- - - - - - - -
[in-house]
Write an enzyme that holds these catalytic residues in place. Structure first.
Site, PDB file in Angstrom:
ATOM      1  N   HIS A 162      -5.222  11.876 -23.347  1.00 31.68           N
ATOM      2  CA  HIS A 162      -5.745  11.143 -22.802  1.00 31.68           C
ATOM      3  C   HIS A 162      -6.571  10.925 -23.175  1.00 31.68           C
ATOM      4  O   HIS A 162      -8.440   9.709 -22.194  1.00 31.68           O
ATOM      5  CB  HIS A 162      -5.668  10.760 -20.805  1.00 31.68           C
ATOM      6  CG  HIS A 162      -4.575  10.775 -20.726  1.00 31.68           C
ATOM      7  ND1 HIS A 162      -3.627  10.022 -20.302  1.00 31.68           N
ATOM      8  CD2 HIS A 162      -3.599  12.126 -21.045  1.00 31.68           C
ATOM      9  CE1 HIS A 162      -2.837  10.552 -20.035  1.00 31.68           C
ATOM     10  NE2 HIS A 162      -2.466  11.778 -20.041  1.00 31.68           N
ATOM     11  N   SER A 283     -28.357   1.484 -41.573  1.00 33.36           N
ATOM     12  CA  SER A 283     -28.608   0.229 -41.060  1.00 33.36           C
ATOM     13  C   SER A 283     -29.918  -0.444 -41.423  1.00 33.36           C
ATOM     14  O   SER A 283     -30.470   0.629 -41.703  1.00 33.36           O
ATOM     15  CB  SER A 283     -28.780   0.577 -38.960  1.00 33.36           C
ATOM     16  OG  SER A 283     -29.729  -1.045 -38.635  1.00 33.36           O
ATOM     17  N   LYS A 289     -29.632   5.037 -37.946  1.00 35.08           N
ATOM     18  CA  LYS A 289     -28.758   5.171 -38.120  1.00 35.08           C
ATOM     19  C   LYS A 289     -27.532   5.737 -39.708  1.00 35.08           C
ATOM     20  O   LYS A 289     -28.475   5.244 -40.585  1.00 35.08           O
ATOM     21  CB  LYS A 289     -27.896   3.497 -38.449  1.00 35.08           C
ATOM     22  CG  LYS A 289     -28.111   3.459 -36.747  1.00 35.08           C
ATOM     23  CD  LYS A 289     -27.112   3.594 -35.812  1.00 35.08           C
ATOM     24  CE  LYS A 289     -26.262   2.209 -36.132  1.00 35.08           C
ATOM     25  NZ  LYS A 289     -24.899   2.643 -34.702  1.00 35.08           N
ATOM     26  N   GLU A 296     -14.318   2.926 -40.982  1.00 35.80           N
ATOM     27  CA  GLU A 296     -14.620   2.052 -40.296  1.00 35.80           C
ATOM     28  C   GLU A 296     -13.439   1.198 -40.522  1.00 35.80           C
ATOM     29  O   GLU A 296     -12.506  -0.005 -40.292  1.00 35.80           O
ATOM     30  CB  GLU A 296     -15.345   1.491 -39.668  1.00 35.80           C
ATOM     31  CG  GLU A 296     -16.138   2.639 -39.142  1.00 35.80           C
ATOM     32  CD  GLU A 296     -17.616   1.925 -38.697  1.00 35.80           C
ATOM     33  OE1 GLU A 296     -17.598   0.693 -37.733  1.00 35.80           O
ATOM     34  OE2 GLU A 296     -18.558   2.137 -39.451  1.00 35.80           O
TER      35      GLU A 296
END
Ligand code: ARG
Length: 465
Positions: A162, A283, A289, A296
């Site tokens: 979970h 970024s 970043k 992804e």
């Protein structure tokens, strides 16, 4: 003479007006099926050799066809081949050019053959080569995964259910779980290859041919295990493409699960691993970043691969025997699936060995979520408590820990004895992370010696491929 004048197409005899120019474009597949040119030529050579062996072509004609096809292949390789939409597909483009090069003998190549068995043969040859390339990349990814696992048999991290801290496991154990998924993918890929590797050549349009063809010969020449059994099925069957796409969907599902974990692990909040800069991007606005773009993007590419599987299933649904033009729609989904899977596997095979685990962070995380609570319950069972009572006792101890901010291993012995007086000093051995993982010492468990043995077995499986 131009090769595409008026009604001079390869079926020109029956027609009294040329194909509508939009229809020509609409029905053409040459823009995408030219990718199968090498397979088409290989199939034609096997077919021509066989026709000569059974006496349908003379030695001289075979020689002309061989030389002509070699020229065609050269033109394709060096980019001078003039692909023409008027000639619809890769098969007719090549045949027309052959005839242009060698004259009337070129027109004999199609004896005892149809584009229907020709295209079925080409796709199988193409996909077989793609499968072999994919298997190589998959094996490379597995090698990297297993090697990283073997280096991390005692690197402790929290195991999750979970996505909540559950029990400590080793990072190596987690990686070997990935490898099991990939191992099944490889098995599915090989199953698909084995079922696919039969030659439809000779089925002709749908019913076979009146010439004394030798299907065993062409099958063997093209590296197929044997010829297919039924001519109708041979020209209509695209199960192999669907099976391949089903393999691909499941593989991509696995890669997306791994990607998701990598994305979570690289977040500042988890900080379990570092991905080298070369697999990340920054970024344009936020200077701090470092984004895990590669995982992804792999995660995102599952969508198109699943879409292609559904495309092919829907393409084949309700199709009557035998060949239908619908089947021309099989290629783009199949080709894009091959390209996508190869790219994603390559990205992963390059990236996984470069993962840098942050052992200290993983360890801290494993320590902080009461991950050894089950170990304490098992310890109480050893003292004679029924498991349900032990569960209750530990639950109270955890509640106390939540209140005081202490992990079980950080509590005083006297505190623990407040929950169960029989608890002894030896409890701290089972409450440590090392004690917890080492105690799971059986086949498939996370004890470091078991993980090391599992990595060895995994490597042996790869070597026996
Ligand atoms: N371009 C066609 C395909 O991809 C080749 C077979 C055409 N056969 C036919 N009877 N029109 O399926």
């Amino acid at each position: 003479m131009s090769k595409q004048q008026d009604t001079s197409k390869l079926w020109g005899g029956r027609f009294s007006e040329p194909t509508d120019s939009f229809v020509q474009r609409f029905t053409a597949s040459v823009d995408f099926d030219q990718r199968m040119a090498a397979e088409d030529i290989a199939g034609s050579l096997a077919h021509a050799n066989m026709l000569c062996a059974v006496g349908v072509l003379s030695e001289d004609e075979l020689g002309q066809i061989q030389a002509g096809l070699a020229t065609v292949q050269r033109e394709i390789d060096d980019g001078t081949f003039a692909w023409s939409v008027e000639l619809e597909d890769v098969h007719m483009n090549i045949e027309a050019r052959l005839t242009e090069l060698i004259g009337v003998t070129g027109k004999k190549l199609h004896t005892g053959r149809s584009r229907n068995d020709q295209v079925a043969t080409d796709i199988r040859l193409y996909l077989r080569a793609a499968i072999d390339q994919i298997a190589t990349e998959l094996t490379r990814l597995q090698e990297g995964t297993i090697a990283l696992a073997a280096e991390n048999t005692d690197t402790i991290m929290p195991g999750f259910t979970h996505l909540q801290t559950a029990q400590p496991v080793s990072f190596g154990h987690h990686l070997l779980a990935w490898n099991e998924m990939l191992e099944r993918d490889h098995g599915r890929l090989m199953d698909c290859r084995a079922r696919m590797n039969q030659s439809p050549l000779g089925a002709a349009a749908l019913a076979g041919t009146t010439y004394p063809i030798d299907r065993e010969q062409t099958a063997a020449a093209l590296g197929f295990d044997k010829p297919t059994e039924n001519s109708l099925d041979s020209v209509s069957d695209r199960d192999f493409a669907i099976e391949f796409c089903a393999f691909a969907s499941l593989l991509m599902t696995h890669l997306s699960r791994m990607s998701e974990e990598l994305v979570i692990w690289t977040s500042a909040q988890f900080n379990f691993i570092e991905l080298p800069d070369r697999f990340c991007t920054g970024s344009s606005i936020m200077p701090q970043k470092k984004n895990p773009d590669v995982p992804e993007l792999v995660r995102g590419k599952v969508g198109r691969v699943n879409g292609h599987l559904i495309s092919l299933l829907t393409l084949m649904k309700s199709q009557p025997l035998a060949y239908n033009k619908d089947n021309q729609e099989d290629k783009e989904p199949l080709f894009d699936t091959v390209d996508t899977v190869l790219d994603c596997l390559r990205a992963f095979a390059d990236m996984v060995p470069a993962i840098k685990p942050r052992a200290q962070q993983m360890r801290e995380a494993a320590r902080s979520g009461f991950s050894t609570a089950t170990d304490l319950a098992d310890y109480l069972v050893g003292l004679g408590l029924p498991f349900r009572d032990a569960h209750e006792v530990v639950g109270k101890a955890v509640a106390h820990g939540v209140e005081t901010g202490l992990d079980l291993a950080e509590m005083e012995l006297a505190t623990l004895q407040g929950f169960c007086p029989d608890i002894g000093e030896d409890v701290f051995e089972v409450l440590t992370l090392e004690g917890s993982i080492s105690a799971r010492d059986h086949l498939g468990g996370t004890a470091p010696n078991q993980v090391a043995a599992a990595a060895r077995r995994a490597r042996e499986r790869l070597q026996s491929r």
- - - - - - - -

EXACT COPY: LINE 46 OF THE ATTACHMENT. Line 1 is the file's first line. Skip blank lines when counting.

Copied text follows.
């Amino acid at each position: 003479m131009s090769k595409q004048q008026d009604t001079s197409k390869l079926w020109g005899g029956r027609f009294s007006e040329p194909t509508d120019s939009f229809v020509q474009r609409f029905t053409a597949s040459v823009d995408f099926d030219q990718r199968m040119a090498a397979e088409d030529i290989a199939g034609s050579l096997a077919h021509a050799n066989m026709l000569c062996a059974v006496g349908v072509l003379s030695e001289d004609e075979l020689g002309q066809i061989q030389a002509g096809l070699a020229t065609v292949q050269r033109e394709i390789d060096d980019g001078t081949f003039a692909w023409s939409v008027e000639l619809e597909d890769v098969h007719m483009n090549i045949e027309a050019r052959l005839t242009e090069l060698i004259g009337v003998t070129g027109k004999k190549l199609h004896t005892g053959r149809s584009r229907n068995d020709q295209v079925a043969t080409d796709i199988r040859l193409y996909l077989r080569a793609a499968i072999d390339q994919i298997a190589t990349e998959l094996t490379r990814l597995q090698e990297g995964t297993i090697a990283l696992a073997a280096e991390n048999t005692d690197t402790i991290m929290p195991g999750f259910t979970h996505l909540q801290t559950a029990q400590p496991v080793s990072f190596g154990h987690h990686l070997l779980a990935w490898n099991e998924m990939l191992e099944r993918d490889h098995g599915r890929l090989m199953d698909c290859r084995a079922r696919m590797n039969q030659s439809p050549l000779g089925a002709a349009a749908l019913a076979g041919t009146t010439y004394p063809i030798d299907r065993e010969q062409t099958a063997a020449a093209l590296g197929f295990d044997k010829p297919t059994e039924n001519s109708l099925d041979s020209v209509s069957d695209r199960d192999f493409a669907i099976e391949f796409c089903a393999f691909a969907s499941l593989l991509m599902t696995h890669l997306s699960r791994m990607s998701e974990e990598l994305v979570i692990w690289t977040s500042a909040q988890f900080n379990f691993i570092e991905l080298p800069d070369r697999f990340c991007t920054g970024s344009s606005i936020m200077p701090q970043k470092k984004n895990p773009d590669v995982p992804e993007l792999v995660r995102g590419k599952v969508g198109r691969v699943n879409g292609h599987l559904i495309s092919l299933l829907t393409l084949m649904k309700s199709q009557p025997l035998a060949y239908n033009k619908d089947n021309q729609e099989d290629k783009e989904p199949l080709f894009d699936t091959v390209d996508t899977v190869l790219d994603c596997l390559r990205a992963f095979a390059d990236m996984v060995p470069a993962i840098k685990p942050r052992a200290q962070q993983m360890r801290e995380a494993a320590r902080s979520g009461f991950s050894t609570a089950t170990d304490l319950a098992d310890y109480l069972v050893g003292l004679g408590l029924p498991f349900r009572d032990a569960h209750e006792v530990v639950g109270k101890a955890v509640a106390h820990g939540v209140e005081t901010g202490l992990d079980l291993a950080e509590m005083e012995l006297a505190t623990l004895q407040g929950f169960c007086p029989d608890i002894g000093e030896d409890v701290f051995e089972v409450l440590t992370l090392e004690g917890s993982i080492s105690a799971r010492d059986h086949l498939g468990g996370t004890a470091p010696n078991q993980v090391a043995a599992a990595a060895r077995r995994a490597r042996e499986r790869l070597q026996s491929r």